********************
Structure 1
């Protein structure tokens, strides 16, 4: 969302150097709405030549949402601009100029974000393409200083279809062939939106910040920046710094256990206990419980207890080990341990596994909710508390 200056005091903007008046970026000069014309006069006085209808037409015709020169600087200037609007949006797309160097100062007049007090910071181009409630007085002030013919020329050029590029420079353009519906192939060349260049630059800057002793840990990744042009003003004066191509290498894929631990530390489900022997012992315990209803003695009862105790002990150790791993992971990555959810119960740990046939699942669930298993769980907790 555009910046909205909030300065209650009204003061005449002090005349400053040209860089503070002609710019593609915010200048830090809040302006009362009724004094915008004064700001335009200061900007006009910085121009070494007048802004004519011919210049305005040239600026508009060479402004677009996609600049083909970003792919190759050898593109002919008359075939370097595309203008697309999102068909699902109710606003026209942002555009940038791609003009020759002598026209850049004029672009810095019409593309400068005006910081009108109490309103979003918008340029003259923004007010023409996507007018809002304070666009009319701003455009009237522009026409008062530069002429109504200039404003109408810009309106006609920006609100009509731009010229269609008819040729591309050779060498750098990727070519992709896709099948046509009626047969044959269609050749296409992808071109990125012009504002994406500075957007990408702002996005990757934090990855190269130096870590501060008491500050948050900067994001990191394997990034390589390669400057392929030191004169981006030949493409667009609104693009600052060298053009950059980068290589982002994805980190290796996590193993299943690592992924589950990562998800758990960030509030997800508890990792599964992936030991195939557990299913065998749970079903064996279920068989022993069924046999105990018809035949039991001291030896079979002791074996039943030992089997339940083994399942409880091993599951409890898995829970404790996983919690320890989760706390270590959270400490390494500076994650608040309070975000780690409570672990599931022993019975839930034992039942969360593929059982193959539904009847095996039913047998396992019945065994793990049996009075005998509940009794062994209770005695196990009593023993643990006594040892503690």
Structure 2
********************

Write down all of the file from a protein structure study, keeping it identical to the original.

Structure 1
């Protein structure tokens, strides 16, 4: 969302150097709405030549949402601009100029974000393409200083279809062939939106910040920046710094256990206990419980207890080990341990596994909710508390 200056005091903007008046970026000069014309006069006085209808037409015709020169600087200037609007949006797309160097100062007049007090910071181009409630007085002030013919020329050029590029420079353009519906192939060349260049630059800057002793840990990744042009003003004066191509290498894929631990530390489900022997012992315990209803003695009862105790002990150790791993992971990555959810119960740990046939699942669930298993769980907790 555009910046909205909030300065209650009204003061005449002090005349400053040209860089503070002609710019593609915010200048830090809040302006009362009724004094915008004064700001335009200061900007006009910085121009070494007048802004004519011919210049305005040239600026508009060479402004677009996609600049083909970003792919190759050898593109002919008359075939370097595309203008697309999102068909699902109710606003026209942002555009940038791609003009020759002598026209850049004029672009810095019409593309400068005006910081009108109490309103979003918008340029003259923004007010023409996507007018809002304070666009009319701003455009009237522009026409008062530069002429109504200039404003109408810009309106006609920006609100009509731009010229269609008819040729591309050779060498750098990727070519992709896709099948046509009626047969044959269609050749296409992808071109990125012009504002994406500075957007990408702002996005990757934090990855190269130096870590501060008491500050948050900067994001990191394997990034390589390669400057392929030191004169981006030949493409667009609104693009600052060298053009950059980068290589982002994805980190290796996590193993299943690592992924589950990562998800758990960030509030997800508890990792599964992936030991195939557990299913065998749970079903064996279920068989022993069924046999105990018809035949039991001291030896079979002791074996039943030992089997339940083994399942409880091993599951409890898995829970404790996983919690320890989760706390270590959270400490390494500076994650608040309070975000780690409570672990599931022993019975839930034992039942969360593929059982193959539904009847095996039913047998396992019945065994793990049996009075005998509940009794062994209770005695196990009593023993643990006594040892503690």
Structure 2